“Pointless” consultation to set out SRA plan to pay soaring intervention costs from compensation fund

Collins: best-case intervention costs £7m for this year

Solicitors Regulation Authority (SRA) plans to consult on whether the cost of interventions in failing law firms should be borne by the Compensation Fund have been queried as pointless because there is no realistic alternative.

The SRA has indicated it will need to invoke statutory powers to use the fund to cover the cost of interventions in 2014 as well as this year, in its bleakest assessment yet of the likelihood of a prolonged series of costly interventions.

Speaking at the authority’s board meeting in Birmingham yesterday, executive director Richard Collins said: “We don’t see the conditions that are creating this problem for us changing in 2014.”

High-profile financial failures such as Blakemores and Atteys earlier this year have meant the interventions estimate has been revised upwards to 63, whereas the budget assumed just 30 interventions at a cost of under £1.3m. Archiving of case files alone is now estimated to cost £1.6m this year.

Mr Collins said the best-case scenario was that the SRA would need a further £7m this year – assuming no major firm intervention – which would need to be paid out of the Compensation Fund. The worst case, assuming just one major intervention, was of a £15m shortfall.

Other possible funding options included a call on the cash reserves of the Law Society; but he said this had been discounted as having “insufficient headroom” by the joint Law Society/SRA business and oversight board (BOB). Another option, a “one-off cash call on the profession”, was problematic for several reasons, such as the lack of certainty about the sum required, the cost of undertaking it, and the effect on firms that had not budgeted for the levy.

Mr Collins said invoking the Solicitors Act 1974 (as amended), which allowed the Compensation Fund to be used to cover the cost of interventions, was the only realistic option. Alternatives for funding were “unattractive and probably almost impossible” and that “in effect there is virtually no alternative”.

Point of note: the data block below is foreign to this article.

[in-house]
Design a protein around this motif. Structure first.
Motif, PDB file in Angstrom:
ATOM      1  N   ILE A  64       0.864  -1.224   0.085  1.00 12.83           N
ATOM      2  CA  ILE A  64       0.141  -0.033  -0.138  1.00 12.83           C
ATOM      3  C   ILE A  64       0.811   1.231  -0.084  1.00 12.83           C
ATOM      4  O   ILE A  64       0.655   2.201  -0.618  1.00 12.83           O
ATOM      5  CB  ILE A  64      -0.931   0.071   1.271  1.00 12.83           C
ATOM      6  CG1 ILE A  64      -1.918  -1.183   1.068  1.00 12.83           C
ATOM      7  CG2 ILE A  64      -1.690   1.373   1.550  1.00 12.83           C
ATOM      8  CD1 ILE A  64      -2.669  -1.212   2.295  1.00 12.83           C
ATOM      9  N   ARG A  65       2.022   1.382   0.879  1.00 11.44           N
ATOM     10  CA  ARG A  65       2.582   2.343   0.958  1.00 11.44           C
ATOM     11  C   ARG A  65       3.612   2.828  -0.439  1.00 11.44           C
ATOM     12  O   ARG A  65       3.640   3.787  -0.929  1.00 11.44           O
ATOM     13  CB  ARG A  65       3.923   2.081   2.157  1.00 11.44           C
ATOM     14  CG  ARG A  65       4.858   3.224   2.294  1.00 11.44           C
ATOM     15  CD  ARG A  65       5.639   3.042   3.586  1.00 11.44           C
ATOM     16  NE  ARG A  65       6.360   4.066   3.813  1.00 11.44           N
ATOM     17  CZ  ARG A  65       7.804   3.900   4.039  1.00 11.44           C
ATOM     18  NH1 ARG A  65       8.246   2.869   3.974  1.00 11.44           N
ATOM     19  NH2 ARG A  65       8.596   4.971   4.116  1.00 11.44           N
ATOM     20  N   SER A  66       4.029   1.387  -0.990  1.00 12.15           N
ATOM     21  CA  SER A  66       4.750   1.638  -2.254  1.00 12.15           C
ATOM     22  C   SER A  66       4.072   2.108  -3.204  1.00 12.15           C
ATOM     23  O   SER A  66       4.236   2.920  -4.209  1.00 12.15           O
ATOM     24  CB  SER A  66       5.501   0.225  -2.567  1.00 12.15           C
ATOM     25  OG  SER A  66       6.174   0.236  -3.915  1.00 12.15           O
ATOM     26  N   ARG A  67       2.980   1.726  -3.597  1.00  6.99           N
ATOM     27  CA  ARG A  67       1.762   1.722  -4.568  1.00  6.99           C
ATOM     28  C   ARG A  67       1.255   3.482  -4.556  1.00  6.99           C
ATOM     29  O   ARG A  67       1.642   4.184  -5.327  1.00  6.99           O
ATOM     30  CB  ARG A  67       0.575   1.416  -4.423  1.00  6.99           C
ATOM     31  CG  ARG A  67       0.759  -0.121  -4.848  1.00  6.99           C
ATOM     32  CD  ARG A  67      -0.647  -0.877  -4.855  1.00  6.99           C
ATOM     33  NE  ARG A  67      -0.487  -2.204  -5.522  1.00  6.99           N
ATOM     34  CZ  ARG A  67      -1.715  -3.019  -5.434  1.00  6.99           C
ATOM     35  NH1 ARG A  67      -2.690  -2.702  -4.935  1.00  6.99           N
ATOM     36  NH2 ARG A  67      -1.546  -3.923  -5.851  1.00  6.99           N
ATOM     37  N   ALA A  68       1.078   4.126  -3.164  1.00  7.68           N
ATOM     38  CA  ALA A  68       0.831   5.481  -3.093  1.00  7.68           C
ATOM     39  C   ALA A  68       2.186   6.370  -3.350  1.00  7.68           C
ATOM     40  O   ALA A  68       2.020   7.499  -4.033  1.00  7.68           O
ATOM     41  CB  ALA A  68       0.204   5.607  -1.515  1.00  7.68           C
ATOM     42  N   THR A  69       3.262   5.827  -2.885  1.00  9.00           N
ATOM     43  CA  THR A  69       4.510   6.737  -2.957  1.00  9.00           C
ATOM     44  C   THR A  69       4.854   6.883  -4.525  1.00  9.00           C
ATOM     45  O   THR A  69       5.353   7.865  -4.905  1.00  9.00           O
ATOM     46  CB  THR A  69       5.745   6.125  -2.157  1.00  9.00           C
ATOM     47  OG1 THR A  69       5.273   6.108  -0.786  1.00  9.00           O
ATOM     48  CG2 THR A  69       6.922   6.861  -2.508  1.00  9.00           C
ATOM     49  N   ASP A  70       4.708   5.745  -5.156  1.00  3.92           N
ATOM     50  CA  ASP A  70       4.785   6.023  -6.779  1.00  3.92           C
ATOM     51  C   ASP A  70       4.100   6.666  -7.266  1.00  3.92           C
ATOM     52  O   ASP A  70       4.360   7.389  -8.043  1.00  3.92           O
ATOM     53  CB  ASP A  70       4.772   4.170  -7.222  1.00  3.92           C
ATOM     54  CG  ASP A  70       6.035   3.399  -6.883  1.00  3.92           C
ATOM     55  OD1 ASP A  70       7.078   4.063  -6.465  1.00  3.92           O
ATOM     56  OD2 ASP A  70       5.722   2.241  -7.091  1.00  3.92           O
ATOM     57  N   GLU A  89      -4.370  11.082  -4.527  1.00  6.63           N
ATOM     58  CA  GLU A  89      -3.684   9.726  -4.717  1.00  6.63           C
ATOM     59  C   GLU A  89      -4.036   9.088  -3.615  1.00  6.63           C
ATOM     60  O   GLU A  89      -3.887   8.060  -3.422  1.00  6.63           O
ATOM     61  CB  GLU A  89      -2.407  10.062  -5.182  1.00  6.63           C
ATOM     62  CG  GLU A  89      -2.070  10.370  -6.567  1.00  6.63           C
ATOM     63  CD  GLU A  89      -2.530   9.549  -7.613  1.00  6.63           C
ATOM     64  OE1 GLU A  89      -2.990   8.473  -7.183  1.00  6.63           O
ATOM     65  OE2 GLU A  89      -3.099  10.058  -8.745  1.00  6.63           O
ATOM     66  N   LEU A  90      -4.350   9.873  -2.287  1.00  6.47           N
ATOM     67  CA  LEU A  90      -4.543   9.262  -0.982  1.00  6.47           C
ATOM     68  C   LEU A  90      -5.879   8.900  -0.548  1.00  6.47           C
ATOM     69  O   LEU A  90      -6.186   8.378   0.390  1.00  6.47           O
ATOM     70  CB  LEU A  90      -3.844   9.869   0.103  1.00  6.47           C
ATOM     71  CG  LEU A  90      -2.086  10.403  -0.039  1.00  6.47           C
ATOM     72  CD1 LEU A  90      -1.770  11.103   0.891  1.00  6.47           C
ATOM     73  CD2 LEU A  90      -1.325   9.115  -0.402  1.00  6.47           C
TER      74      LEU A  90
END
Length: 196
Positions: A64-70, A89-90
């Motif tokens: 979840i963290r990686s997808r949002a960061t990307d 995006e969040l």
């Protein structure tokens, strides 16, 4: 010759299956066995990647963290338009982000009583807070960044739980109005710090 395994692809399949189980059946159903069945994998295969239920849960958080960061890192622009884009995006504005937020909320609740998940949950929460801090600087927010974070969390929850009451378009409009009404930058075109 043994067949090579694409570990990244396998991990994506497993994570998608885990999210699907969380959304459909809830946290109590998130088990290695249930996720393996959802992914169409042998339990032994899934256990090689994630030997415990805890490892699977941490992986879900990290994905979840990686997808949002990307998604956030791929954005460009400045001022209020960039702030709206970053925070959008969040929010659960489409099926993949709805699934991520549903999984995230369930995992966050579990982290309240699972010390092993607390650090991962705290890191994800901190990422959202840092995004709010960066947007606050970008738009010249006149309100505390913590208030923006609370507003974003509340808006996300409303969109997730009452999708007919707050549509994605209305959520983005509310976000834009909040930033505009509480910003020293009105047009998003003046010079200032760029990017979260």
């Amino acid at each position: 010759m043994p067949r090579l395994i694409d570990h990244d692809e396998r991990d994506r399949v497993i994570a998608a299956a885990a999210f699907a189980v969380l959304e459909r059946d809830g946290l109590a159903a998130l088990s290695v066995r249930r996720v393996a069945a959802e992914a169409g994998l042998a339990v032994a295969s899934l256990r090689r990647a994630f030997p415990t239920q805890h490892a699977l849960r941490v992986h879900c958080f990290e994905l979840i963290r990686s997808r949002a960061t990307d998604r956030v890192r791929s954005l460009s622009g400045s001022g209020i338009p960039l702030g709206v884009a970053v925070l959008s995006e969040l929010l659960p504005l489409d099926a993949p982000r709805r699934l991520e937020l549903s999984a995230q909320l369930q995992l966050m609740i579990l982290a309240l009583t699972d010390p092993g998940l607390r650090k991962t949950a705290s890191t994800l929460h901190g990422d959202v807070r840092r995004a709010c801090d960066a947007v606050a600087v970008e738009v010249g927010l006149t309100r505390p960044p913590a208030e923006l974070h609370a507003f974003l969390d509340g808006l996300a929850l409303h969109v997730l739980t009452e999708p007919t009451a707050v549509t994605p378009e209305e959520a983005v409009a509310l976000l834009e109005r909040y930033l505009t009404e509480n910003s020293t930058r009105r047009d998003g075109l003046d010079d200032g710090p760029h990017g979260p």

He said the SRA would publish a short consultation paper “to set out to people very clearly what the position is and why we are proposing to make the change”.

However, solicitor board member Cindy Leslie, a former Denton Wilde Sapte partner, queried whether a consultation was appropriate when the SRA was not seriously considering alternatives. “In reality, isn’t there really one option and therefore… why not just communicate the reason for doing that this year?” she asked.

Mr Collins agreed it was important that “we don’t mislead anybody that we don’t have an incredibly strong view that this is the only solution”. But he said a consultation paper would be a useful “vehicle” in which to set out the SRA’s rationale. Meanwhile, the profession could be reminded that the SRA was also engaged in a fundamental review of the future of the Compensation Fund from 2015 onwards.

Lay member Jane Furniss said the paper would present an opportunity for the SRA to acknowledge that under the current regime hard-pressed firms that followed the rules were having to bail out firms that failed. The SRA could make it clear that this is being done to protect the public, she added.


    Readers Comments

  • Geoffrey Negus says:

    What was the proportion of firms intervened in the past year where the grounds for intervention included suspected dishonesty? How much of the total cost do they represent?

    I don’t know, but if it was significantly high I would ask if the inspection regime is rigorous enough and whether the SRA places too much reliance on self-policing. Bent solicitors gambling on not being found out.

    Long-term observers of the regulation of solicitors will recall that this is similar to the situation of the early 2000s.

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